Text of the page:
“Raising a Rukus”
Although Virtual Reality (VR) has yet to take off commercially, so far the Hollywood studios are mostly embracing the new digital frontier as a marketing vehicle to promote their franchises. On Wednesday, Paramount hosted the first VRTL Summit for VR professionals and investors, and announced a partnership with MoveoPlus to provide Moveo Virtual Reality Simulators in theaters and theme parks, with content provided by J.J. Abrams and Michael Bay.
While they are among many top directors, from Alejandro González Iñárritu to David Goyer, who are experimenting with VR storytelling, everyone acknowledges that the technology needs to improve — along with bringing down the cost of those bulky headsets. And the push to bring engaging content to consumers remains a challenge. It comes down to effective storytelling. Nobody’s going to pay for VR marketing promos, so immersive adventures and interactions with virtual characters are going to have to be compelling for this new medium to really take off.
Here’s what we learned from the visionaries at the VRTL Summit about about how to bring the wow factor to VR and its companions, Augmented Reality (AR, adding digital media to reality) and Mixed Reality (MR, interacting with VR in the real world):
It Takes a Director
Robert Stromberg, director of “Maleficent,” Oscar-winning production designer of “Alice in Wonderland” and “Avatar,” and founder of The Virtual Reality Company, deconstructed his first foray into VR: “Raising a Rukus,” an animated VR experience coming to headsets and theaters later this year. It’s about two siblings and their mischievous pet dog, but, rather than stressing interaction, Stromberg prefers to drive the narrative via branching options, so that we can follow the characters on different paths.
Stromberg compares it to a holographic play: “Will people sit and watch a story in front of them without having to interact?” Stromberg said. ” VR is a very powerful tool and most people look at it as something that needs interaction. If the characters ignore you, does that feel strange? But if you get too close, do you feel like you’re disturbing something?
Alejandro Gonzalez Inarritu (Rob Latour/REX/Shutterstock)
ILMxLab Takes a Deep Dive with Alejandro González Iñárritu
Meanwhile, Lucasfilm’s ILMxLab, which has partnered with Magic Leap to introduce a mixed reality for the “Star Wars” universe (inside and outside the home) and is working with Marvel maven Goyer on a Darth Vader VR Experience, just completed the VR art installation, “CARNE y ARENA (Virtually present, Physically invisible),” with Oscar-winners Alejandro González Iñárritu and Emanuel Lubezki (“Birdman,” “The Revenant”). Produced by Mary Parent and financed by Legendary Entertainment and Fondazione Prada, the hyper-immersive work allows us to cross the border with Mexican refugees. It marks the first VR project to be chosen for the Official Selection of the Cannes Film Festival.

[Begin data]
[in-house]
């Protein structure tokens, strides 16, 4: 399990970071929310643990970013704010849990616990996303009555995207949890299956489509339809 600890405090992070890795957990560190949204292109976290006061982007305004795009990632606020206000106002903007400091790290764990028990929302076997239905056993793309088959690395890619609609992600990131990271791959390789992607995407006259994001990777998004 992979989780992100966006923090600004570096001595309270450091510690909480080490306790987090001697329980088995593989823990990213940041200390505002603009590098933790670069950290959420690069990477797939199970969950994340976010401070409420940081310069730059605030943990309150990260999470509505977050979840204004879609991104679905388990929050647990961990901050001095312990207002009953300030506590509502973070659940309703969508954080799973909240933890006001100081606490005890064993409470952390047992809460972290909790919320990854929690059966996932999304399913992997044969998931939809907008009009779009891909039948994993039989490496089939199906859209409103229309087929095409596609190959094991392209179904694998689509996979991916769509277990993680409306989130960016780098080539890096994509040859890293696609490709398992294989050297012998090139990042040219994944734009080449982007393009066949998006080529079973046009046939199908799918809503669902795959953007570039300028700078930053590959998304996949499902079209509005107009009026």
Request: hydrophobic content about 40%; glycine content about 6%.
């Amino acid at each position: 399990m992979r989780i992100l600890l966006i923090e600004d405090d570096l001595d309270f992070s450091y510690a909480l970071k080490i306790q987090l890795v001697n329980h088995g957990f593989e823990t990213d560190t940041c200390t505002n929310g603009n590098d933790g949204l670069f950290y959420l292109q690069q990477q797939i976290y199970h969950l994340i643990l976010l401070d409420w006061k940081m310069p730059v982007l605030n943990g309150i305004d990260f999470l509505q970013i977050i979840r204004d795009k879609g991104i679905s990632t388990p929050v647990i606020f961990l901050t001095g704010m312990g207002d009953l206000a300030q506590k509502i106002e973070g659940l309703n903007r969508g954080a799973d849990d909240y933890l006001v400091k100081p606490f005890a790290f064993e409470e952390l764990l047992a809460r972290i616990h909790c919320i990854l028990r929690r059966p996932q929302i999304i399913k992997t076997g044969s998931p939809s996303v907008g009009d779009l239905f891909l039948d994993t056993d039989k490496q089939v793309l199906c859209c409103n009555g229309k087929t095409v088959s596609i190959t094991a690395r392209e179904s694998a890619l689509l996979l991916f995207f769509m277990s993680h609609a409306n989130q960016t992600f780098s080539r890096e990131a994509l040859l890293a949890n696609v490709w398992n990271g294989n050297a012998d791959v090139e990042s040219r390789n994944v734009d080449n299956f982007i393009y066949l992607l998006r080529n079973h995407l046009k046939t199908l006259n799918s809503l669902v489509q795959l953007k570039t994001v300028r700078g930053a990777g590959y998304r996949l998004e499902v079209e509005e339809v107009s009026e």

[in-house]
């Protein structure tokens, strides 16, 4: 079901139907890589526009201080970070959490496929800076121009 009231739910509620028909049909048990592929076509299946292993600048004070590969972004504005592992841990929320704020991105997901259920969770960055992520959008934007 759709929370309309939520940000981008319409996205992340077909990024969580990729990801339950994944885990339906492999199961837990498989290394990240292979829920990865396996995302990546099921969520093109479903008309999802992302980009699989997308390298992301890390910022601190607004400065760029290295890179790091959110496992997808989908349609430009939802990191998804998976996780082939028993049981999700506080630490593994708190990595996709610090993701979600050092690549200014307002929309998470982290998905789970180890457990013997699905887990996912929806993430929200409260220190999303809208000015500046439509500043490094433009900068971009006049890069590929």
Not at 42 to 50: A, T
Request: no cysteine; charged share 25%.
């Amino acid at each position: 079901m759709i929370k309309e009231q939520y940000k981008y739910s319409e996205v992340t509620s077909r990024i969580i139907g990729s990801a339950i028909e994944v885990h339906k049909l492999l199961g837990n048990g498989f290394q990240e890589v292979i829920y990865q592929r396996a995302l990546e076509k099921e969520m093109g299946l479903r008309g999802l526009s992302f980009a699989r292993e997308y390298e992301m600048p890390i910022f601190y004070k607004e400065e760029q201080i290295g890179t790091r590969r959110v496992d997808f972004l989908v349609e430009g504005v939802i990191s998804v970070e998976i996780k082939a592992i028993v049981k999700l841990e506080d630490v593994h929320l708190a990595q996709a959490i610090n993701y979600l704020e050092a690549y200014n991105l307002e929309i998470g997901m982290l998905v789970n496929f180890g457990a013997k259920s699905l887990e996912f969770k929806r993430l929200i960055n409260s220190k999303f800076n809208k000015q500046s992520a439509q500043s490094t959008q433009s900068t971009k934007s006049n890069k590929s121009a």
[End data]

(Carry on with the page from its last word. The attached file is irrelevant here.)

“It really uses the medium in a very powerful and impactful way,” said Vicki Dobbs Beck, executive in charge of ILMxLAB. “It really feels as if you’re there, and Alejandro pushed the boundaries in so many different ways in terms of storytelling, in terms of scale, in terms of what you would do in immersive space with a story that unfolds. And because of that power presence, because of the nature of the medium, you can create experiences that are more lasting and they actually create empathy.”
IMAX and Warner Bros. Go Beyond Marketing VR
IMAX (which is partnered with Google on a new camera) is also working with Warner Bros. to make three interactive VR experiences based on “Justice League” (opening November 17), “Aquaman” (December 21, 2018) and a third untitled experience. IMAX has already raised $50 million to incubate VR experiences in its VR centers (including one across from the Grove in LA) and, if all goes well, this would extend to displays in their theaters and on mobile devices.
“You have to go beyond marketing pieces and that’s why narrative is so important,” said Rob Lister, chief development officer at IMAX. “And the mandate with Warner Bros. is to do 10-minute pieces that stand on their own…a good story and an intimate moment with a character.”
“War for the Planet of the Apes”
Creating the Ultimate Spatial Experience
Fox made the first significant splash with “The Martian VR Experience” and has spun off a new immersive division called FoxNext, which has partnered with Chris Milk’s VR startup Within to produce a slate of VR experiences, including a “Planet of the Apes” experience directed by Milk.
For Futurist Ted Schilowitz, who works with Fox, it’s all about spatial storytelling, which he calls “imagination styling.”
“The idea of being guided through a story where we create the illusion that you are indeed in control of your own destiny as a character is a really powerful approach,” said Schilowitz. “It’s actually like we brought you into this world and you get to participate in it, with the knowledge that good direction, good storyline, and good design are going to make you make choices that we think you want to make. You’ll always have the ability to be your own entity.”
Schilowitz optimistically believes this medium will reach critical mass by 2030. “If it takes hold the way I think it will, then human nature will have had a fundamental change,” he added. “We will forget what it was like using a smart phone because we will be wearing things that are embedded in different ways within us.”